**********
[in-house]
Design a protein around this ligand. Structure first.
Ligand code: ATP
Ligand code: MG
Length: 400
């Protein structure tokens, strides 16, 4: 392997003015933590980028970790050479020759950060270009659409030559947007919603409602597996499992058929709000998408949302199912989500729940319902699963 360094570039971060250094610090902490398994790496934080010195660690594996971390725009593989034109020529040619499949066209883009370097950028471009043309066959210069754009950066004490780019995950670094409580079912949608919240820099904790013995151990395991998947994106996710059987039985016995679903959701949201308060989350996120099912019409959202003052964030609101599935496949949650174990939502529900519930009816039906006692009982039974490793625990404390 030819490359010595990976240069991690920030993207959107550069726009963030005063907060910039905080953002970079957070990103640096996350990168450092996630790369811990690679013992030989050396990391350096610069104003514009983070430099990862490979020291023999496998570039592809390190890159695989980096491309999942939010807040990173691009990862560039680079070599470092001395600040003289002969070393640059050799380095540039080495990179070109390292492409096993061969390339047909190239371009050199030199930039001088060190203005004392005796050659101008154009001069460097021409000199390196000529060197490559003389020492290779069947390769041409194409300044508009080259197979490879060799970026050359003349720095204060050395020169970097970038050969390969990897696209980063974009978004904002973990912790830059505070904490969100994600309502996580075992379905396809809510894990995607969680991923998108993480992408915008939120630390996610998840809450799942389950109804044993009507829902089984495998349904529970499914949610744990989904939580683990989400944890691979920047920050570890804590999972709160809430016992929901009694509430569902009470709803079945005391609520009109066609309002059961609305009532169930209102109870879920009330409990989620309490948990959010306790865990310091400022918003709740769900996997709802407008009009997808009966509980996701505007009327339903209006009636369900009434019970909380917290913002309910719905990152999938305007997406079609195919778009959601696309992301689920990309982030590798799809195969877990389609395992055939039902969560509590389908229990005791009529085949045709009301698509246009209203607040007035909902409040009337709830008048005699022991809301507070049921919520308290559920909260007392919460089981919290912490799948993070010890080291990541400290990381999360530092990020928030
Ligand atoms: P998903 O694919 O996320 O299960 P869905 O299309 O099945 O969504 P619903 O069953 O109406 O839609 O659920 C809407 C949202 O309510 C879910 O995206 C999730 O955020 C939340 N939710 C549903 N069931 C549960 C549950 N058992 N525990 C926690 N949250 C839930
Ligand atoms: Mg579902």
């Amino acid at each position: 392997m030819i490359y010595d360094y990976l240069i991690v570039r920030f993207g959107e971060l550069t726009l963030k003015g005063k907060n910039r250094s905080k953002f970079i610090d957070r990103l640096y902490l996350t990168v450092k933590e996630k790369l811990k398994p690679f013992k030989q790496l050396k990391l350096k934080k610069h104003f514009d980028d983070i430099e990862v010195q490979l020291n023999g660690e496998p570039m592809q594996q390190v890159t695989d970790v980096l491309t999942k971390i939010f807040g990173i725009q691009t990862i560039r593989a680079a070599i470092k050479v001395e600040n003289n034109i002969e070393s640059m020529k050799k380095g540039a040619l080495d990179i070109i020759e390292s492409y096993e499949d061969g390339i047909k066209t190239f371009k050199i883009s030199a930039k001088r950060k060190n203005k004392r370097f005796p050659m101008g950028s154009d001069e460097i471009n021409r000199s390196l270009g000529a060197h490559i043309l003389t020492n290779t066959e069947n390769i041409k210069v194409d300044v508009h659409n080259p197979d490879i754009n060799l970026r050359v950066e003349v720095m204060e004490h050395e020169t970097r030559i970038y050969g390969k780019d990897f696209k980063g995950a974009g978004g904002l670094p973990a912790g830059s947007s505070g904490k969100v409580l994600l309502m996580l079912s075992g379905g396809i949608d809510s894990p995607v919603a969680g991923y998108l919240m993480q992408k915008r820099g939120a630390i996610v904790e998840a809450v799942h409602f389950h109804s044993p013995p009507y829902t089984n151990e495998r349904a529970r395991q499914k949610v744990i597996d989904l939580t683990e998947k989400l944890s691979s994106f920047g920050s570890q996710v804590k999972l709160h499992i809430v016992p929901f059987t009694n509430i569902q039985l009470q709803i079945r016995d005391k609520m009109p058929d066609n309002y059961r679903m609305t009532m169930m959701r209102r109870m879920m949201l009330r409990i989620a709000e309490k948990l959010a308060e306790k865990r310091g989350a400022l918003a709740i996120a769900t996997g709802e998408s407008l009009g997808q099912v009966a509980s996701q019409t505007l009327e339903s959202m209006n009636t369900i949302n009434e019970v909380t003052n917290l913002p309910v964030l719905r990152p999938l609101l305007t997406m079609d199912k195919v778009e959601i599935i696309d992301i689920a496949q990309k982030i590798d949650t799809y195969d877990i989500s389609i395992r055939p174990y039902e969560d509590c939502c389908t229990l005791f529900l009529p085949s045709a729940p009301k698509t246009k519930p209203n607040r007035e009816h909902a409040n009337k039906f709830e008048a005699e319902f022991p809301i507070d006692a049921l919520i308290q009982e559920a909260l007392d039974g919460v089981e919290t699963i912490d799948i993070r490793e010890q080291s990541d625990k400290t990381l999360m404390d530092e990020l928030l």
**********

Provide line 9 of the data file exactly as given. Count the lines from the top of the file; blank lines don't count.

């Amino acid at each position: 392997m030819i490359y010595d360094y990976l240069i991690v570039r920030f993207g959107e971060l550069t726009l963030k003015g005063k907060n910039r250094s905080k953002f970079i610090d957070r990103l640096y902490l996350t990168v450092k933590e996630k790369l811990k398994p690679f013992k030989q790496l050396k990391l350096k934080k610069h104003f514009d980028d983070i430099e990862v010195q490979l020291n023999g660690e496998p570039m592809q594996q390190v890159t695989d970790v980096l491309t999942k971390i939010f807040g990173i725009q691009t990862i560039r593989a680079a070599i470092k050479v001395e600040n003289n034109i002969e070393s640059m020529k050799k380095g540039a040619l080495d990179i070109i020759e390292s492409y096993e499949d061969g390339i047909k066209t190239f371009k050199i883009s030199a930039k001088r950060k060190n203005k004392r370097f005796p050659m101008g950028s154009d001069e460097i471009n021409r000199s390196l270009g000529a060197h490559i043309l003389t020492n290779t066959e069947n390769i041409k210069v194409d300044v508009h659409n080259p197979d490879i754009n060799l970026r050359v950066e003349v720095m204060e004490h050395e020169t970097r030559i970038y050969g390969k780019d990897f696209k980063g995950a974009g978004g904002l670094p973990a912790g830059s947007s505070g904490k969100v409580l994600l309502m996580l079912s075992g379905g396809i949608d809510s894990p995607v919603a969680g991923y998108l919240m993480q992408k915008r820099g939120a630390i996610v904790e998840a809450v799942h409602f389950h109804s044993p013995p009507y829902t089984n151990e495998r349904a529970r395991q499914k949610v744990i597996d989904l939580t683990e998947k989400l944890s691979s994106f920047g920050s570890q996710v804590k999972l709160h499992i809430v016992p929901f059987t009694n509430i569902q039985l009470q709803i079945r016995d005391k609520m009109p058929d066609n309002y059961r679903m609305t009532m169930m959701r209102r109870m879920m949201l009330r409990i989620a709000e309490k948990l959010a308060e306790k865990r310091g989350a400022l918003a709740i996120a769900t996997g709802e998408s407008l009009g997808q099912v009966a509980s996701q019409t505007l009327e339903s959202m209006n009636t369900i949302n009434e019970v909380t003052n917290l913002p309910v964030l719905r990152p999938l609101l305007t997406m079609d199912k195919v778009e959601i599935i696309d992301i689920a496949q990309k982030i590798d949650t799809y195969d877990i989500s389609i395992r055939p174990y039902e969560d509590c939502c389908t229990l005791f529900l009529p085949s045709a729940p009301k698509t246009k519930p209203n607040r007035e009816h909902a409040n009337k039906f709830e008048a005699e319902f022991p809301i507070d006692a049921l919520i308290q009982e559920a909260l007392d039974g919460v089981e919290t699963i912490d799948i993070r490793e010890q080291s990541d625990k400290t990381l999360m404390d530092e990020l928030l």